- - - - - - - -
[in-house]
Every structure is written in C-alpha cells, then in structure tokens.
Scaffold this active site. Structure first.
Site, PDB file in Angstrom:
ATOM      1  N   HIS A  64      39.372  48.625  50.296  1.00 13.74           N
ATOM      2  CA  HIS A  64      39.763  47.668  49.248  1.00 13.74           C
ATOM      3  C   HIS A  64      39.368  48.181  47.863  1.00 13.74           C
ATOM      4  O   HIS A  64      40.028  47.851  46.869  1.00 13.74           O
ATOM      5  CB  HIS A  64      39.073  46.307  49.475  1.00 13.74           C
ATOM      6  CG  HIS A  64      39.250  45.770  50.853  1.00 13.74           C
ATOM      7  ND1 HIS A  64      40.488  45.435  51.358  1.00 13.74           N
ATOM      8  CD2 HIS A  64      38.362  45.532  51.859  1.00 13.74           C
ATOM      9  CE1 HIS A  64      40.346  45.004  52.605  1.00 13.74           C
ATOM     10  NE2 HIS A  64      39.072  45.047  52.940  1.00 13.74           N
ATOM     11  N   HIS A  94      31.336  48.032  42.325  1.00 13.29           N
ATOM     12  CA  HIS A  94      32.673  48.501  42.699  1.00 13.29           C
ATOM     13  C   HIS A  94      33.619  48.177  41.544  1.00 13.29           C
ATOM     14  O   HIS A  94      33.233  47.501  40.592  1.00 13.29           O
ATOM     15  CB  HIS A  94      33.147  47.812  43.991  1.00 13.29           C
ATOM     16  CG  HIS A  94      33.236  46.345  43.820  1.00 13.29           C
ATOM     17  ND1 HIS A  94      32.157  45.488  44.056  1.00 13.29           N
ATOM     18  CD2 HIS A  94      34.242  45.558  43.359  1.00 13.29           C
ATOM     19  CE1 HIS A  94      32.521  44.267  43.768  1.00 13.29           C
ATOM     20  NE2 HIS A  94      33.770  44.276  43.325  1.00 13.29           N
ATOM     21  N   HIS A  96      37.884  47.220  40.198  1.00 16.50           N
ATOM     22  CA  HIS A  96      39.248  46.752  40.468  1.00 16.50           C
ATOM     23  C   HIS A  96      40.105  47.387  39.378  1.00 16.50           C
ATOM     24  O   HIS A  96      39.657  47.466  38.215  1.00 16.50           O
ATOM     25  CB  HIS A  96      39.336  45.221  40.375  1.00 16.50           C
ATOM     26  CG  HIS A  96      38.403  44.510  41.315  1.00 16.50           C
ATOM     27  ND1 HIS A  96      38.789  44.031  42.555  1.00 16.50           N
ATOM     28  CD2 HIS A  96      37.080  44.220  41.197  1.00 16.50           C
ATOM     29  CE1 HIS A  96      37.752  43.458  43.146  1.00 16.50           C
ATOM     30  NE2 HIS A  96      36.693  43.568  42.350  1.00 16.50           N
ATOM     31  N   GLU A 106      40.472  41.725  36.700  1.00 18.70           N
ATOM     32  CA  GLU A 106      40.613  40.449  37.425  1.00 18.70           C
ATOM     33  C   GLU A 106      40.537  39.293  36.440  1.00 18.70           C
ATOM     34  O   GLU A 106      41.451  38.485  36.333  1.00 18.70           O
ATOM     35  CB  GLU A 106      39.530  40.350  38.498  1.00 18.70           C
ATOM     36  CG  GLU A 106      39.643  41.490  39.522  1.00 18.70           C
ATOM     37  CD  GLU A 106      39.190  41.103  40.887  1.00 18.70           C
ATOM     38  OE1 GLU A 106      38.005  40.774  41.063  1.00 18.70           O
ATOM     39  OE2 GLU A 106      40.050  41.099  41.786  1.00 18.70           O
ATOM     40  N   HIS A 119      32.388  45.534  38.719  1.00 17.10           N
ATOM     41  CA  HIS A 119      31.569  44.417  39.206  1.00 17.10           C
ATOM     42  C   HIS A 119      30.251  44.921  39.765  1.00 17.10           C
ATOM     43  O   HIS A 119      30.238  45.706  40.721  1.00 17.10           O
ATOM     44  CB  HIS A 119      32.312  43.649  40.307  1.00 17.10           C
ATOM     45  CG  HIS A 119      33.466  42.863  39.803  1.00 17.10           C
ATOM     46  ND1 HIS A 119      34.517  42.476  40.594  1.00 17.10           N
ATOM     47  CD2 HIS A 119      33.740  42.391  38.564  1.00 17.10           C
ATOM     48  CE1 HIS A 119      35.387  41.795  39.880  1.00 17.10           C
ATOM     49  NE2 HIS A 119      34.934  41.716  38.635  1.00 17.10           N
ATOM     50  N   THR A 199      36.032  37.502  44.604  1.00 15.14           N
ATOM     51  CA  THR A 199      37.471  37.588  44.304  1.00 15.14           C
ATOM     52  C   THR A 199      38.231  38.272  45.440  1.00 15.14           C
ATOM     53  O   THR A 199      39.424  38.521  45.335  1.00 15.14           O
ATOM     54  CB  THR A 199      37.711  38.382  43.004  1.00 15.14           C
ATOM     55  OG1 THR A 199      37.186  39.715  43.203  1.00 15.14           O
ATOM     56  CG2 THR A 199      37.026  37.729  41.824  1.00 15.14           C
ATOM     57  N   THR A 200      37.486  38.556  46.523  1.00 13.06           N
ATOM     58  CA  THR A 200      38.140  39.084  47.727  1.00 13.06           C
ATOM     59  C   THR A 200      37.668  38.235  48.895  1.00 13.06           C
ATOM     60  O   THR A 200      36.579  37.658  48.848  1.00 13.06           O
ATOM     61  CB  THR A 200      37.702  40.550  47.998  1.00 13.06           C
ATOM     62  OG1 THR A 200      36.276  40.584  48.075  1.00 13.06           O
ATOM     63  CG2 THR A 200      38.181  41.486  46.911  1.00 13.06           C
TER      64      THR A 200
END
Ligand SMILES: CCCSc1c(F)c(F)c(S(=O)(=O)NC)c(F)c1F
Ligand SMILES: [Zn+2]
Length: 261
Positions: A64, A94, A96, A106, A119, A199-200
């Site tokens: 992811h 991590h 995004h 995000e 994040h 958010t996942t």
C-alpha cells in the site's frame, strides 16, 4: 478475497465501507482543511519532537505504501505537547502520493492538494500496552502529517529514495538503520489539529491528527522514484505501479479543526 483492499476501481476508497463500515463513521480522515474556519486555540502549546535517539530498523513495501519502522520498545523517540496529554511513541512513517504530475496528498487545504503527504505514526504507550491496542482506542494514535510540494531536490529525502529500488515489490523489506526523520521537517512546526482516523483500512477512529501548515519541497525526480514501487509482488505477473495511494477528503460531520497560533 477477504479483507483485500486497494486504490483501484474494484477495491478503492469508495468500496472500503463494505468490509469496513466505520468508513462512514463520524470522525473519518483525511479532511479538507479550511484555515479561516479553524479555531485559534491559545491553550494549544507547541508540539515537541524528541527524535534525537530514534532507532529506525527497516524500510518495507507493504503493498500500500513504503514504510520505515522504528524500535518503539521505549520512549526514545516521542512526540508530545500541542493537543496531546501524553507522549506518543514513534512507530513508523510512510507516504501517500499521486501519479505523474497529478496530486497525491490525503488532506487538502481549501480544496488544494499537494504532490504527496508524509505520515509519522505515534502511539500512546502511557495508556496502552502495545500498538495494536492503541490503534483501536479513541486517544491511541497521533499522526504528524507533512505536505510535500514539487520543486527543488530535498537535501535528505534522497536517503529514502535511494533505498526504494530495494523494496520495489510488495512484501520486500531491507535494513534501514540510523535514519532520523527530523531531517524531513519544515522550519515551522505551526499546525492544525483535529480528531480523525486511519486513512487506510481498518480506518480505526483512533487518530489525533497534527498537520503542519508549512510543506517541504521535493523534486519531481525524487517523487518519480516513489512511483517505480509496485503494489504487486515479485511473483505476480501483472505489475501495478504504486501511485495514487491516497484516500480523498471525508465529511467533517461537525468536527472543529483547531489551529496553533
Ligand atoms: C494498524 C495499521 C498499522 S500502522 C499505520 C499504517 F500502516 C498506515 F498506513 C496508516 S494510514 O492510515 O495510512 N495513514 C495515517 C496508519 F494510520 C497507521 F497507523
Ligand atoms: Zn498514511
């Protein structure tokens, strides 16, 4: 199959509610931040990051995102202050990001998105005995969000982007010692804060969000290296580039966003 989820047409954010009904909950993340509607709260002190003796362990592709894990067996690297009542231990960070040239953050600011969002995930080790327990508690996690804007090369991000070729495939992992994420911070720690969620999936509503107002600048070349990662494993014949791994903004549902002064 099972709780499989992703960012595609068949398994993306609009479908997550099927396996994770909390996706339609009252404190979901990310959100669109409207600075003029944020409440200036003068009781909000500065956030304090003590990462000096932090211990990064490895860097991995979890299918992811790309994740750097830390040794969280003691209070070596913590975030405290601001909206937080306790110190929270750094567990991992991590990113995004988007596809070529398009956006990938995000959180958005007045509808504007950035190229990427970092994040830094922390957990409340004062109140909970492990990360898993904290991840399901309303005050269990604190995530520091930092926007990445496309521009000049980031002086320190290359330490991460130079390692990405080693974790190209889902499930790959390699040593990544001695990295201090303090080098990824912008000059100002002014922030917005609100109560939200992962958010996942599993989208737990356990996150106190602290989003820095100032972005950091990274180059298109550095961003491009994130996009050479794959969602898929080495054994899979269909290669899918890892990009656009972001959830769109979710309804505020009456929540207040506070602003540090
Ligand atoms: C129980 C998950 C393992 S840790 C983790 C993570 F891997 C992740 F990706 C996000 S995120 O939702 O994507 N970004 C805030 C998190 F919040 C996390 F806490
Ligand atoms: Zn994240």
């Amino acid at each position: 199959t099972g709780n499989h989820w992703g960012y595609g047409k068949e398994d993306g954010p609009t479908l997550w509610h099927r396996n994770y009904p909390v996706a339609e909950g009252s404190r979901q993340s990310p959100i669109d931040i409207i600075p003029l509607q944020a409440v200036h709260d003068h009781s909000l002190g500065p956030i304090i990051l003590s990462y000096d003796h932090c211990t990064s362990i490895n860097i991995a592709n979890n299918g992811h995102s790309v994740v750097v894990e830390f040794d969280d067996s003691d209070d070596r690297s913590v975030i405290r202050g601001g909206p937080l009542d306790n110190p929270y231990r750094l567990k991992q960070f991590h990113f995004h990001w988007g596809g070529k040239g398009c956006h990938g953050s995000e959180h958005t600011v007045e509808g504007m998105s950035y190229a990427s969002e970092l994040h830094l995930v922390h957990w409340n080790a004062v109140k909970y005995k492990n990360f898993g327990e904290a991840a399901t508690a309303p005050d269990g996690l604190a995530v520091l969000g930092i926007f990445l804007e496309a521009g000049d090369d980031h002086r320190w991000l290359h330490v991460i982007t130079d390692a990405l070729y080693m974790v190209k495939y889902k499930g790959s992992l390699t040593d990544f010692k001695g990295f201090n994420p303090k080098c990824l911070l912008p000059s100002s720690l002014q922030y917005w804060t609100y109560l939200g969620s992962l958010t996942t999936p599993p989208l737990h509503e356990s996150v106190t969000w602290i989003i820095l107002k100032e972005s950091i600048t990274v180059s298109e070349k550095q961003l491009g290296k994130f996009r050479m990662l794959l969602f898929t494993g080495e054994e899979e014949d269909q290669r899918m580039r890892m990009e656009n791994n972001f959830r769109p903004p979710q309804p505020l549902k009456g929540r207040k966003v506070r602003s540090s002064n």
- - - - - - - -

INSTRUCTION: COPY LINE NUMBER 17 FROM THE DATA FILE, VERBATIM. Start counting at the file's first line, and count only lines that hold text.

ATOM     13  C   HIS A  94      33.619  48.177  41.544  1.00 13.29           C